New Delhi, October 31, 2017
The corporate affairs ministry is likely to ask the department of financial services to take action against the banks which have continued lending to companies that have been deregistered.
The ministry is also likely to raise the issue of banks not showing urgency in sharing information on transactions of these companies before and after the announcement of demonetisation on November 8 last year.
The Registrar of Companies, which comes under the corporate affairs ministry, had struck off 2.09 lakh companies from the list of active establishments after they failed to comply with regulatory requirements. Banking transactions of these companies are restricted only for settling liabilities.
Despite this, according to sources, one government-owned bank has lent more than Rs 280 crore to a company after it was deregistered. Such transactions are likely to have occurred among other public sector banks as well, but the government still doesn’t have detailed data on the dealings, they said. “There is a need for greater transparency. We are simply waiting for the banks to come up with more information… Only a few have shared (the information) so far,” a senior government official said.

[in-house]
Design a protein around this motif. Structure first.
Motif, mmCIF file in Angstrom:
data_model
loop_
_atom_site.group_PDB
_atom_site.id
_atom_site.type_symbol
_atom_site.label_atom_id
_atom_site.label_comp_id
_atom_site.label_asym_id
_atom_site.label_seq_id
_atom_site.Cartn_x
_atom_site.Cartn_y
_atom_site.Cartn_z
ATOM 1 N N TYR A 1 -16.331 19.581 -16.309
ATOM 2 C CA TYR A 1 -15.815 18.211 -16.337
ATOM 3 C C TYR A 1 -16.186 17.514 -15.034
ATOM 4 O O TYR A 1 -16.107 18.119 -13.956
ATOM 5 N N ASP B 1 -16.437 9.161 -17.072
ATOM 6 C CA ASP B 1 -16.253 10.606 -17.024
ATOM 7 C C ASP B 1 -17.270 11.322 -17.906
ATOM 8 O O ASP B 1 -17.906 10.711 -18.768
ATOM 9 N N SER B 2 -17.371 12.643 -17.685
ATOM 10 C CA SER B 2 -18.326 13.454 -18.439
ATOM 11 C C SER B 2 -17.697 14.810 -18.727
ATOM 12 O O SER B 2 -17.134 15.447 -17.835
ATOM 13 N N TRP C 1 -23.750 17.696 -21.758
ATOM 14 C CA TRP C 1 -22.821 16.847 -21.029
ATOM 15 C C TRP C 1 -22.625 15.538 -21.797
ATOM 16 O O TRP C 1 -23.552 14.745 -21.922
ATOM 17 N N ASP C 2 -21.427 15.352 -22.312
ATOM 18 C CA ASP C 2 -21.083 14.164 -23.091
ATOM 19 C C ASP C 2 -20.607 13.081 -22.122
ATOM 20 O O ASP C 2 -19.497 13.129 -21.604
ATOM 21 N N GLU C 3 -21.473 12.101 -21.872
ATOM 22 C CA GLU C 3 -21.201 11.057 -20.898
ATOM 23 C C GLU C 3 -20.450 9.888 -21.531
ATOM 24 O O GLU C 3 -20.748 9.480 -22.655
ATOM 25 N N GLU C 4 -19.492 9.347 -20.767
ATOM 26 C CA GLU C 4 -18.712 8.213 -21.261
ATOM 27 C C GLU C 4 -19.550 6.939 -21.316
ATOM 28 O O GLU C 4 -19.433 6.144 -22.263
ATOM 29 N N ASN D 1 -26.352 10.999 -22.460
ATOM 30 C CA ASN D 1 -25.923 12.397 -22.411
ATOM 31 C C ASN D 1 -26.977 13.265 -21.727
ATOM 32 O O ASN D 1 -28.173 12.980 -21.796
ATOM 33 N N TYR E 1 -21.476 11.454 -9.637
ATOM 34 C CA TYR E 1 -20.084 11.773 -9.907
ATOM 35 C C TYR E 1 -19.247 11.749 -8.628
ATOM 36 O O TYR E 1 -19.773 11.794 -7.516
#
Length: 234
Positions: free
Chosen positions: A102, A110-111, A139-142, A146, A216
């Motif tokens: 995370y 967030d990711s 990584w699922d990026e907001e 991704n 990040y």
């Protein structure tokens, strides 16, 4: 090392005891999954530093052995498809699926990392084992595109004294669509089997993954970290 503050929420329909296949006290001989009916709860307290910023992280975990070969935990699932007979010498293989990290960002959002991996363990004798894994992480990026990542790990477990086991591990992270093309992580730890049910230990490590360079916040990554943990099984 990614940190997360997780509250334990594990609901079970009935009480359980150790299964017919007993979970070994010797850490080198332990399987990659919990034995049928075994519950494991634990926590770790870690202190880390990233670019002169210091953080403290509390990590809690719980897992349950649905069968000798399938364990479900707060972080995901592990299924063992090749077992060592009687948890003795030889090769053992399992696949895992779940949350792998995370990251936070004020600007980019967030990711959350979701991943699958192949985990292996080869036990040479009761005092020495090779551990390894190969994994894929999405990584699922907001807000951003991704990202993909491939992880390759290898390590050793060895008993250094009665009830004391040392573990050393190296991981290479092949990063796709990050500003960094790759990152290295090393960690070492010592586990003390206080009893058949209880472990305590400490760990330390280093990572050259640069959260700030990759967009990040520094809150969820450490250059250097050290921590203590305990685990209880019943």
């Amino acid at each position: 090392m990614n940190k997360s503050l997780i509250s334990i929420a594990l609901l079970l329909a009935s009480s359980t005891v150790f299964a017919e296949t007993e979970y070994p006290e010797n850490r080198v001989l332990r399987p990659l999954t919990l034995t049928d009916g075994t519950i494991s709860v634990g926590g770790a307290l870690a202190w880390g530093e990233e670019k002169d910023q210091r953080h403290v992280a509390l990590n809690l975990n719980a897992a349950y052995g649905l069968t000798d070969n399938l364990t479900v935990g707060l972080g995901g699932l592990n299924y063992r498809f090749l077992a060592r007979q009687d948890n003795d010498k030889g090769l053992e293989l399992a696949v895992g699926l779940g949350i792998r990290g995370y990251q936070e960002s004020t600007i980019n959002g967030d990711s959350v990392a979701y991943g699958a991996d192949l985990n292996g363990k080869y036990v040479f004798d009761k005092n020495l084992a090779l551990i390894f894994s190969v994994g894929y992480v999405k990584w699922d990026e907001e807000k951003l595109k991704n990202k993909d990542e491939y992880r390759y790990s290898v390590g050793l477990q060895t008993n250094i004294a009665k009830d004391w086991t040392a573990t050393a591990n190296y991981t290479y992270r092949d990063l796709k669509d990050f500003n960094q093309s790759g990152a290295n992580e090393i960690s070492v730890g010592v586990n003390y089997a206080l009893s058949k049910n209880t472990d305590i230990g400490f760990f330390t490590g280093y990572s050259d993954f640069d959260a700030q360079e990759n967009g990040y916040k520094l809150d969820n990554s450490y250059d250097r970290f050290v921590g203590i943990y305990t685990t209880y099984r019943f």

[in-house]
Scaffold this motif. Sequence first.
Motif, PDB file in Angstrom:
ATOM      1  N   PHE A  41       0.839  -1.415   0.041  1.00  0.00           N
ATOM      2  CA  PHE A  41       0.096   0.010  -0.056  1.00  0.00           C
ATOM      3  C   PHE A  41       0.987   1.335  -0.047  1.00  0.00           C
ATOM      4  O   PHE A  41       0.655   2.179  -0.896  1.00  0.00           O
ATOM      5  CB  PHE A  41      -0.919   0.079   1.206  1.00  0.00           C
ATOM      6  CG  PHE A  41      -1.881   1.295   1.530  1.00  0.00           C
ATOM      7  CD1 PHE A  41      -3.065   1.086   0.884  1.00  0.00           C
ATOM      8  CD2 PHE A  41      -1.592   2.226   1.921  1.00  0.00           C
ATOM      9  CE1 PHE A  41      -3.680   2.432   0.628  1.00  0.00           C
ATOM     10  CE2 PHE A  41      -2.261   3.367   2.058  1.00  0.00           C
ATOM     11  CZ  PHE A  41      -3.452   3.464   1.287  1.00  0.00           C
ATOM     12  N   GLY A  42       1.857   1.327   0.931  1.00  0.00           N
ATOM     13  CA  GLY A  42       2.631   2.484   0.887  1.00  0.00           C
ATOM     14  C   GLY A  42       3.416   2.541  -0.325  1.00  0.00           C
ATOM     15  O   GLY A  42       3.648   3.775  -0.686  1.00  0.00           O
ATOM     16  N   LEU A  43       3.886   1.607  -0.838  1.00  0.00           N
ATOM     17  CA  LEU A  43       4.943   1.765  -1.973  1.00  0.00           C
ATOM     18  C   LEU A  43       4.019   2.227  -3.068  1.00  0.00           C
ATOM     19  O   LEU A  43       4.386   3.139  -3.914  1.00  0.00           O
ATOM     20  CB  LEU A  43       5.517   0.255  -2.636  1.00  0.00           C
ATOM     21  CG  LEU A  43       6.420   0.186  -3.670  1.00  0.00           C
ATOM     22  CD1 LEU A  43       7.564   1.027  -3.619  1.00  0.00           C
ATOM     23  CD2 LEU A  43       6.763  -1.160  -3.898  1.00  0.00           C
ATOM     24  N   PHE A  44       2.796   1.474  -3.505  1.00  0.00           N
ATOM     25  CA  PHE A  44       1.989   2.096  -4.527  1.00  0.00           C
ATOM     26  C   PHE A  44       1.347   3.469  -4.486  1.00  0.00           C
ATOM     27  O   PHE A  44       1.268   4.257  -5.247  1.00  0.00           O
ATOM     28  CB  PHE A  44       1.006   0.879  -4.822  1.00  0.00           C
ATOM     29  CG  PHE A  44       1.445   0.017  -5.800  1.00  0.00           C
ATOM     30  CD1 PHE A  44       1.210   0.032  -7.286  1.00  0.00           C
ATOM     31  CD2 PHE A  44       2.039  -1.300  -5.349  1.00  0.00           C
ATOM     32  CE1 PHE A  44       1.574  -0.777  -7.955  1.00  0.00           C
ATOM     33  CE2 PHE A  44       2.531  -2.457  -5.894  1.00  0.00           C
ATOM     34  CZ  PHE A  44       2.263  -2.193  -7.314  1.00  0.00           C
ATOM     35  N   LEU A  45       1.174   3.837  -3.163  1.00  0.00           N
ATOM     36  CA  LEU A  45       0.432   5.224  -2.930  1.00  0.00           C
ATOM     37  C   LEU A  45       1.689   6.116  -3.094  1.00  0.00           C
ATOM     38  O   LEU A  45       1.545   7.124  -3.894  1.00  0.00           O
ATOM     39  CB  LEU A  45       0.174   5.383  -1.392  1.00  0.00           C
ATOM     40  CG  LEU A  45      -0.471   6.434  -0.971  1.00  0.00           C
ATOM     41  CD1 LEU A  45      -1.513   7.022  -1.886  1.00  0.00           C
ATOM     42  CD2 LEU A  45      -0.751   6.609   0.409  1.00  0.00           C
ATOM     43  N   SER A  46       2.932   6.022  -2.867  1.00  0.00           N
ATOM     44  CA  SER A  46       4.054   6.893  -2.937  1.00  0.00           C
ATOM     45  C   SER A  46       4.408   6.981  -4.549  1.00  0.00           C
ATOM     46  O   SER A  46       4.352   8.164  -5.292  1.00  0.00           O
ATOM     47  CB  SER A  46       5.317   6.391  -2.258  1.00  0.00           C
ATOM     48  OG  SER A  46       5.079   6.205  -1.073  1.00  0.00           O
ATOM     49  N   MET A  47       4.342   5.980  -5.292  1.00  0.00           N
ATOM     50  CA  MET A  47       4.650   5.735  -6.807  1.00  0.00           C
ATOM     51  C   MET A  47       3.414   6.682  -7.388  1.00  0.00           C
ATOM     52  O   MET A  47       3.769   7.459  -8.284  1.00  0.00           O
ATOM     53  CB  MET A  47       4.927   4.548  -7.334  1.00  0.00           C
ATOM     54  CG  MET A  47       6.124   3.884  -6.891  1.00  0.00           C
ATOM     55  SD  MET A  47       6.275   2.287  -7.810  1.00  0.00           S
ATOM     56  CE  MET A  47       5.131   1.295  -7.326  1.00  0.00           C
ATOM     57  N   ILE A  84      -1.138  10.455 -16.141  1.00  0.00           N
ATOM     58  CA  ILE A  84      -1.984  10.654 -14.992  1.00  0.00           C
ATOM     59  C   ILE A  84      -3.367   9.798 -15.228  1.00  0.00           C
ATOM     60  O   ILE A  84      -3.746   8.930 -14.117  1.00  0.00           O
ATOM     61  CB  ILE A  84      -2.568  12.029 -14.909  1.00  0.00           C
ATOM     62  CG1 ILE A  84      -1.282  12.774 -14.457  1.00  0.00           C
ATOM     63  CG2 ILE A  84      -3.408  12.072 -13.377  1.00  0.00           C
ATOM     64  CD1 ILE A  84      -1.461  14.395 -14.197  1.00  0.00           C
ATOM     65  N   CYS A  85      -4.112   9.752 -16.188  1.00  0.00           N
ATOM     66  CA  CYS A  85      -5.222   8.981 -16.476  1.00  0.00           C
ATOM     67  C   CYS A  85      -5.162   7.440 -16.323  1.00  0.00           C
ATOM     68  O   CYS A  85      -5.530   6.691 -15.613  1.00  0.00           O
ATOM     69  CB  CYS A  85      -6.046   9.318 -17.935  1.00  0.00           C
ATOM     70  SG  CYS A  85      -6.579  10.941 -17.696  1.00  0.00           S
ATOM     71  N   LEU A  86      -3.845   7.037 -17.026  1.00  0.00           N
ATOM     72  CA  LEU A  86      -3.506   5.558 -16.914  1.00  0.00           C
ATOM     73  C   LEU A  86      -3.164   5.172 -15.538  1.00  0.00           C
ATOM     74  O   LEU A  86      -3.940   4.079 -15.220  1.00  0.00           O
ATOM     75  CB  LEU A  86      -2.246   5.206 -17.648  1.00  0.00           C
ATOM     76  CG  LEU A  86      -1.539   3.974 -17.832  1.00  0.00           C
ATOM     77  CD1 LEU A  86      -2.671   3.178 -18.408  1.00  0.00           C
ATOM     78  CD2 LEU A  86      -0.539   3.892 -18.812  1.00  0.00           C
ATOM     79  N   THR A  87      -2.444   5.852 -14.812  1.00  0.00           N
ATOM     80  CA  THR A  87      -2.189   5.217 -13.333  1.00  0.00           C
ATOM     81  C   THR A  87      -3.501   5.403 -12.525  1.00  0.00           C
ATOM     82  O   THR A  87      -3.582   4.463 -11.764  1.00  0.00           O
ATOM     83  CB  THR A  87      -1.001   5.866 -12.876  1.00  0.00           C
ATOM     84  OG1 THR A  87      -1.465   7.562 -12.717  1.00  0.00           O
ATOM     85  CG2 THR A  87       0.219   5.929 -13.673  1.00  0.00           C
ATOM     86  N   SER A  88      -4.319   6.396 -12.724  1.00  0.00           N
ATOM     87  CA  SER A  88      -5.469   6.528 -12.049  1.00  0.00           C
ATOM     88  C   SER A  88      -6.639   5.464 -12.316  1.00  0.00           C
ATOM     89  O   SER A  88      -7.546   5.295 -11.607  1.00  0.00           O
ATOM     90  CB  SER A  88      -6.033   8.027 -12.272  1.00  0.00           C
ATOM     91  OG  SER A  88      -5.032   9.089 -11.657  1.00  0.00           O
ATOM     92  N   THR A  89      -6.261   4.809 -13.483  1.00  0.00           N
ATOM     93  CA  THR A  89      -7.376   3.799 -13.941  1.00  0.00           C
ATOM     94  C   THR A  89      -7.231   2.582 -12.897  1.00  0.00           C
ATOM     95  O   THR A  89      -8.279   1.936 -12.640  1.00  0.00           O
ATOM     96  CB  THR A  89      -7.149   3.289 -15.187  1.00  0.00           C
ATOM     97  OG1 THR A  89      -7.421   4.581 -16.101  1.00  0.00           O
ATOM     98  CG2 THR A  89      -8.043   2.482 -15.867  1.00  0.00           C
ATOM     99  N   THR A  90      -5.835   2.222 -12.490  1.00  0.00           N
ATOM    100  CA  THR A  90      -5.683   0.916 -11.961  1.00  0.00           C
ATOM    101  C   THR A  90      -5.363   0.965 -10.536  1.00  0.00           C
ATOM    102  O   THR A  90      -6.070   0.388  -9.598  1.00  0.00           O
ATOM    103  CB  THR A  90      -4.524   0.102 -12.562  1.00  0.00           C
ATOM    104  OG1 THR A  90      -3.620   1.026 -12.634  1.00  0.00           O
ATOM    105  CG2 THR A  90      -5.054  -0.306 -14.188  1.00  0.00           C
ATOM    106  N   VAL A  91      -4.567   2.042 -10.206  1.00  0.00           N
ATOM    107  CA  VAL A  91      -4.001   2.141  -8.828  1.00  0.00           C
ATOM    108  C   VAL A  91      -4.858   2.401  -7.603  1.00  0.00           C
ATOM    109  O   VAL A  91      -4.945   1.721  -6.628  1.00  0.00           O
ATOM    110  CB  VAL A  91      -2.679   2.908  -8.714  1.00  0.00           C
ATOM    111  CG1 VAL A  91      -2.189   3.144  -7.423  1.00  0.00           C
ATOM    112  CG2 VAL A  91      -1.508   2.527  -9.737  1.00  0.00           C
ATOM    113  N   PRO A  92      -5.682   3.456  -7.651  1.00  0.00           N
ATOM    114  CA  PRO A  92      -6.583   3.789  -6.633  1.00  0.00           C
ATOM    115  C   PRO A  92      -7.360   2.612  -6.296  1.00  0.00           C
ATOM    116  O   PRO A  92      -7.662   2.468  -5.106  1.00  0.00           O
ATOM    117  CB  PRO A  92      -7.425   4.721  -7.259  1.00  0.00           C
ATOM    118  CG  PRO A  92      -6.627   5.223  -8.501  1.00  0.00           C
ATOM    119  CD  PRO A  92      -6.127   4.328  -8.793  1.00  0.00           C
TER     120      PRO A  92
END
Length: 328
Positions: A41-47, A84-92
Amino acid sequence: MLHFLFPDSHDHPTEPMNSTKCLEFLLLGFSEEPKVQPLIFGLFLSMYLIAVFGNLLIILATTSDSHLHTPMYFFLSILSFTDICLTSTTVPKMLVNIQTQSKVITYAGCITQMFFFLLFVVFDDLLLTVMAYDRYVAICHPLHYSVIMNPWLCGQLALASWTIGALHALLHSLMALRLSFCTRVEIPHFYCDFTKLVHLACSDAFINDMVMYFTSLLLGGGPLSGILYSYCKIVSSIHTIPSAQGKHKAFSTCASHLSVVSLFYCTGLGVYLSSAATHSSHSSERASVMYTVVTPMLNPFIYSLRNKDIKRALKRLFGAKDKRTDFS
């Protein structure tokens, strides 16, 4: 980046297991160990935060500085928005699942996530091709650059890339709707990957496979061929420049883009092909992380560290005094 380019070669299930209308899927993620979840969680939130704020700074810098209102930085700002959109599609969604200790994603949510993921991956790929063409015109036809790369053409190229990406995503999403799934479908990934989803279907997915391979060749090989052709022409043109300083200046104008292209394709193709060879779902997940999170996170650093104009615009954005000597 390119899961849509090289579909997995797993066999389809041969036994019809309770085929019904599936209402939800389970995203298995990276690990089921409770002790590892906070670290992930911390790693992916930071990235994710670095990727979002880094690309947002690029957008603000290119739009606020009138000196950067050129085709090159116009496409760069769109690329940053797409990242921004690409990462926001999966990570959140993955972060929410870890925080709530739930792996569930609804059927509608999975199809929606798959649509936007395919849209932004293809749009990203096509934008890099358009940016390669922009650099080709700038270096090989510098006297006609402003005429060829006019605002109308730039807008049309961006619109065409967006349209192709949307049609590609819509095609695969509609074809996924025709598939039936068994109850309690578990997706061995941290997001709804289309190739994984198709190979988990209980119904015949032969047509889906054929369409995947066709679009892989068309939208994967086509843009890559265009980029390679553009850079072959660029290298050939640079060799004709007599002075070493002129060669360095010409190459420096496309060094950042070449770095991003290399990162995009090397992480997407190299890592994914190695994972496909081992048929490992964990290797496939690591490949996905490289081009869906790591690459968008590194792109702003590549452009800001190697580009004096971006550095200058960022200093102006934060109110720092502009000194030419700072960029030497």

So far 13 banks have provided information to the government on 13,140 accounts of 5,820 deregistered companies, with the most startling details emerging from IDBI Bank, Bank of Baroda and Canara Bank.
Earlier this month, the government said these 5,820 companies had deposited Rs 4,573 crore post demonetisation in banks and withdrew Rs 4,552 crore, even as they held balances of just Rs 22 crore on the day demonetisation was announced. This number is likely to go up manifold once the banks share more data.
The government is probing accounts of all the 2.09 lakh companies that were struck off the registry, which previously had about 13 lakh companies.
Four banks — Qatar National Bank, Doha Bank, Emirates NBD Bank and Punjab Gramin Bank — stated that they didn’t hold any accounts of the suspect companies.
A few companies were found to be having multiple accounts in some banks, like Bank of Baroda, where one company held as many as 915 accounts.
[The Economic Times]